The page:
- Starbucks is changing how it promotes employees to ensure staff have an equal opportunity to discover new positions, according to the company's 2021 Civil Rights Assessment.
- Initiatives include providing an enhanced application tracking system, creating a new function within its inclusion and diversity team to evaluate compliance and analytics, the hire of an independent labor economist, deploying training on candidate selection and combating bias in promotions and better defining and promoting inclusive behaviors related to retail and non-retail roles.
- These efforts come after Starbucks resolved allegations by the U.S. Equal Employment Opportunity Commissions that the company's promotion practices discriminated against store partners based on race and national origin. Based on workforce data from 2007 to 2011, the EEOC said minority Starbucks retail employees in the U.S. didn’t receive as many promotions as statistically expected.
While Starbucks' said its own statistical analysis of its data over promotions didn't reveal systemic racial discrimination, it found opportunities to create more transparency over its promotion practice, according to the report. These initiatives follow several others from the company aimed at creating more diversity and inclusion within its entire organization. In October, the company said it would tie executive pay to meeting diversity targets at the store, manufacturing and corporate levels.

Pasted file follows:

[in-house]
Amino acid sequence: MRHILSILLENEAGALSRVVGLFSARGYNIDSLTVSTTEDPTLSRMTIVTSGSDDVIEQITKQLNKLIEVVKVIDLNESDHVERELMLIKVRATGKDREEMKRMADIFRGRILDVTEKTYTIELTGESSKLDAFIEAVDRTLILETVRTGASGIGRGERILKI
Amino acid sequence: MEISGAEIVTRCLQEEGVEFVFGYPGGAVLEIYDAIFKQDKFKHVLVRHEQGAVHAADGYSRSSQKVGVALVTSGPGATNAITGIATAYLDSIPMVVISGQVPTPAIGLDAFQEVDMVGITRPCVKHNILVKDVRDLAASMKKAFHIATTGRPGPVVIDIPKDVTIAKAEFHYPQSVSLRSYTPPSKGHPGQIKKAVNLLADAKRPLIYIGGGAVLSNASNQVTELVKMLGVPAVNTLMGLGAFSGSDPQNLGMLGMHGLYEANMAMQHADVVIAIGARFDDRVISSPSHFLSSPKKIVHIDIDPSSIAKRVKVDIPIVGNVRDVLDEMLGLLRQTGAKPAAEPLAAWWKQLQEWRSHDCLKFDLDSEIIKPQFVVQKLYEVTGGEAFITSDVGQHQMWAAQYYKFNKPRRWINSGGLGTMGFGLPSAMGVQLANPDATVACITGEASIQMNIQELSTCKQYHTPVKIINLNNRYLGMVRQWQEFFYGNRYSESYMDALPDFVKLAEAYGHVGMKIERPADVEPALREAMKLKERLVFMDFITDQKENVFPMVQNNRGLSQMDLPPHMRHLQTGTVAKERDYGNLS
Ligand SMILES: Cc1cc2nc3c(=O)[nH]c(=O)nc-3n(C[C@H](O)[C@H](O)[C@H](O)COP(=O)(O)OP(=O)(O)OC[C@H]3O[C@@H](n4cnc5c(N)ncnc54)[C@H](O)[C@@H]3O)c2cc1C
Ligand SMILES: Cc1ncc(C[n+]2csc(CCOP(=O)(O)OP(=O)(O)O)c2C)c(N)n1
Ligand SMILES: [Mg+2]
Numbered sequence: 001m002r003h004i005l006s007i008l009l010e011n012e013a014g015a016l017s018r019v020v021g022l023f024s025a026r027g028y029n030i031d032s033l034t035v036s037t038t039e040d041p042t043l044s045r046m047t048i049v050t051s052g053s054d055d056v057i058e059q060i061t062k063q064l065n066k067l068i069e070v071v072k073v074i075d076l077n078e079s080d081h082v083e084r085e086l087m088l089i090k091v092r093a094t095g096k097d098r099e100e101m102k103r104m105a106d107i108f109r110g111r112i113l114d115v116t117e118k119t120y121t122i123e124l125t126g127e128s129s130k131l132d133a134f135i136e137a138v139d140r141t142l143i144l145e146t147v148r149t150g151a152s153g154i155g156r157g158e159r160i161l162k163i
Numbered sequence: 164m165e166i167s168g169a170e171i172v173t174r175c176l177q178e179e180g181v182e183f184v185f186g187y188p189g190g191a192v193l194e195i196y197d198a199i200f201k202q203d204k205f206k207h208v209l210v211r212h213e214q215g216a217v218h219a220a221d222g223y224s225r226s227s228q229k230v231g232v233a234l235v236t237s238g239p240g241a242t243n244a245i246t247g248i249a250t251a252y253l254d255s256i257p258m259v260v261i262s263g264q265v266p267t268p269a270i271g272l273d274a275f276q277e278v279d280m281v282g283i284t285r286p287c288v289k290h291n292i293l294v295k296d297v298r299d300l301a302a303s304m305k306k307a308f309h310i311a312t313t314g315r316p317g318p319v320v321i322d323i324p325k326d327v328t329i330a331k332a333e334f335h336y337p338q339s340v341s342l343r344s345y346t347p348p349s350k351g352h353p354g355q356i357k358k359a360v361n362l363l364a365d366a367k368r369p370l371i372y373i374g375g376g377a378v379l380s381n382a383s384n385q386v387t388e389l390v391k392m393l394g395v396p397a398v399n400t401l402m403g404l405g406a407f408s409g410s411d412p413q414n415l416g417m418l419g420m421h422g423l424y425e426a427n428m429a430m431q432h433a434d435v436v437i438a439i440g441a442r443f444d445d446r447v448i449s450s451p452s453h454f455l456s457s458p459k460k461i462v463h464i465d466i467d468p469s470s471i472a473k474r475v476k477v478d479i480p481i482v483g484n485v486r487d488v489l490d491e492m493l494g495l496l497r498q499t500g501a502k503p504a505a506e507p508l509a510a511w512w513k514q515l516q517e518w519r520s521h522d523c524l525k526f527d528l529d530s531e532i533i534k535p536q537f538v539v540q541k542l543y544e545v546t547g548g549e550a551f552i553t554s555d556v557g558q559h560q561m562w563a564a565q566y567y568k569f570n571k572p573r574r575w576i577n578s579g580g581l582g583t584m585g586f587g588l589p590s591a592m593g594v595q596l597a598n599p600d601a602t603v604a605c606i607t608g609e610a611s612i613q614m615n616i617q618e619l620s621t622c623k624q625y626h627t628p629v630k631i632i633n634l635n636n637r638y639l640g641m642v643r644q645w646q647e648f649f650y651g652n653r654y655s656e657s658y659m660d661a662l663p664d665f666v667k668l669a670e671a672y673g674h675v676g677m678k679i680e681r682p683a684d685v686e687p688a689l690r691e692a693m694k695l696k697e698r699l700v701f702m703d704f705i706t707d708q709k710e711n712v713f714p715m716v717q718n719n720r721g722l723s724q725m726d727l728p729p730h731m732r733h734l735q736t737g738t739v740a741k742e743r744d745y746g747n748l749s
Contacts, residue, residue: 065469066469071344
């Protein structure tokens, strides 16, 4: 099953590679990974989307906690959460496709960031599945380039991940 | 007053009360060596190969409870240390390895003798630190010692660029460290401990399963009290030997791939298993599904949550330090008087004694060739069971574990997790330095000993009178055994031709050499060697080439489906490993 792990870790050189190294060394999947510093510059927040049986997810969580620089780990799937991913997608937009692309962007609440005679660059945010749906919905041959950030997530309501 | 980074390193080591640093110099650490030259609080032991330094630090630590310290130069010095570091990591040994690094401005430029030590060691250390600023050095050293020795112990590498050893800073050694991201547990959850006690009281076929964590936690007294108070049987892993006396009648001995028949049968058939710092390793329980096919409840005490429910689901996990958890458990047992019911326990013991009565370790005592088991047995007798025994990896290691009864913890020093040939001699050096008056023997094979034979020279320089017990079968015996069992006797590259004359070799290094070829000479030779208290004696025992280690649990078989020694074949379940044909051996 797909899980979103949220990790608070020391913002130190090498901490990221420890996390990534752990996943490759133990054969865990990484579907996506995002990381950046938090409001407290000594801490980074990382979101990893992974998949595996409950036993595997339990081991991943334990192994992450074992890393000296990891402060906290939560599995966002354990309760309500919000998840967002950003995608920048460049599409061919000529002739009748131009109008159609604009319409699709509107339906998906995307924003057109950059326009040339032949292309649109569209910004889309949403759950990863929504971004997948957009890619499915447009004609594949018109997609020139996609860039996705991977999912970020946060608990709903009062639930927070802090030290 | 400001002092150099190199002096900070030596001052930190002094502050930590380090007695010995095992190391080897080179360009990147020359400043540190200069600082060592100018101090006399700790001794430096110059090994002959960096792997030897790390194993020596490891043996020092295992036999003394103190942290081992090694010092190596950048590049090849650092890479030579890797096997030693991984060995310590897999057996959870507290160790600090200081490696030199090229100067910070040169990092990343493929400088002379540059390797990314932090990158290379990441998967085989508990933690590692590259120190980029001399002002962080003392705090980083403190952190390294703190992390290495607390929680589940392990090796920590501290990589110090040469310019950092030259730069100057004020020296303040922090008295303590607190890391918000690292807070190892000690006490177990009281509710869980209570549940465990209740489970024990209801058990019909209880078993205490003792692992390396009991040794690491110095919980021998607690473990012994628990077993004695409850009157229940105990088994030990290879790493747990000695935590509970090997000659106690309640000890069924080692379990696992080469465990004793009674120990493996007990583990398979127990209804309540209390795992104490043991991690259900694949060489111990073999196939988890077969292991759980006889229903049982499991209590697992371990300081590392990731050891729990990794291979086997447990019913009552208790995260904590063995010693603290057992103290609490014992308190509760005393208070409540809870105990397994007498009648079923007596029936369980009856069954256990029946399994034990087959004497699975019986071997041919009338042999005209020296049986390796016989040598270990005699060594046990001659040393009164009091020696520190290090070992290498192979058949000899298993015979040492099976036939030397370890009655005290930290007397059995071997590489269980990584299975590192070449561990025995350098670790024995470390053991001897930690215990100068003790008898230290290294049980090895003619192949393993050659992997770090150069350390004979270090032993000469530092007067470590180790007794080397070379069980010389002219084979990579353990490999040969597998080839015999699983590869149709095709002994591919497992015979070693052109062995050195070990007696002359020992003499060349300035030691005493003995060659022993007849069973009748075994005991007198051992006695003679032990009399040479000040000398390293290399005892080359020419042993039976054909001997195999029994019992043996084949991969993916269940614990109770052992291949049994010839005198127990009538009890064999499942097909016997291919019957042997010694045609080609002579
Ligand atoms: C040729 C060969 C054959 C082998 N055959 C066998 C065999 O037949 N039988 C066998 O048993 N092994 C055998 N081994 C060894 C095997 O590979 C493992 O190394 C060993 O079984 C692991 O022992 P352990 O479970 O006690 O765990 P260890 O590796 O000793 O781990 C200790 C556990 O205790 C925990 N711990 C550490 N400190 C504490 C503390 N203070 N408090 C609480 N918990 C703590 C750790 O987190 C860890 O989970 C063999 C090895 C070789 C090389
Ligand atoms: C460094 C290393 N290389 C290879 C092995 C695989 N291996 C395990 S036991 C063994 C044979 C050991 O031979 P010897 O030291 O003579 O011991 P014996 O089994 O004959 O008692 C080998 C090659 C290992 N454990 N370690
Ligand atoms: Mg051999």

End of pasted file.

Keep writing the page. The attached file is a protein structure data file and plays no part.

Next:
Starbucks currently uses Org 360, an analytics tool that offers leaders a snapshot of company representation, but the tool will be enhanced to include all retail job postings and better track promotion selection decisions, according to the report. The company plans to roll out the enhanced tool across all of its U.S. retail stores in May and will have one-on-one conversations with managers and all of its 200,000 employees to make sure they understand the system.
Additionally, the company's inclusion and diversity team will oversee compliance and analytics. This includes creating guidelines and tools to ensure diversity goals are included within business decisions, identifying new programs to create better diversity within the company and measuring the impact of strategies and programs focused on diversity. The company has hired an independent labor economist who will analyze data, create goals around promotions and evaluate the company's progress toward meeting its promotion goals as well.
Law firm Covington & Burling, which authored the report, also suggests Starbucks create a five-year roadmap to expand its formal mentorship program, which could better support partners with career progression and lead to higher retention and greater professional development. Starbucks previously launched a mentorship program to connect Black, indigenous and people of color employees with senior leaders. Covington recommended the company publish updates on its efforts on monitoring promotions to create additional transparency and accountability.
While other QSRs have made strides to enhance diversity — both McDonald's and Chipotle are tying executive pay to increasing representation of underrepresented groups — Starbucks is often ahead of the game. It is also looking to enhance diversity across all areas of business, including its suppliers, and creating better ways to create a more inclusive experience for customers in its stores. These actions could grow its brand halo and show that it is willing to address past diversity-related issues.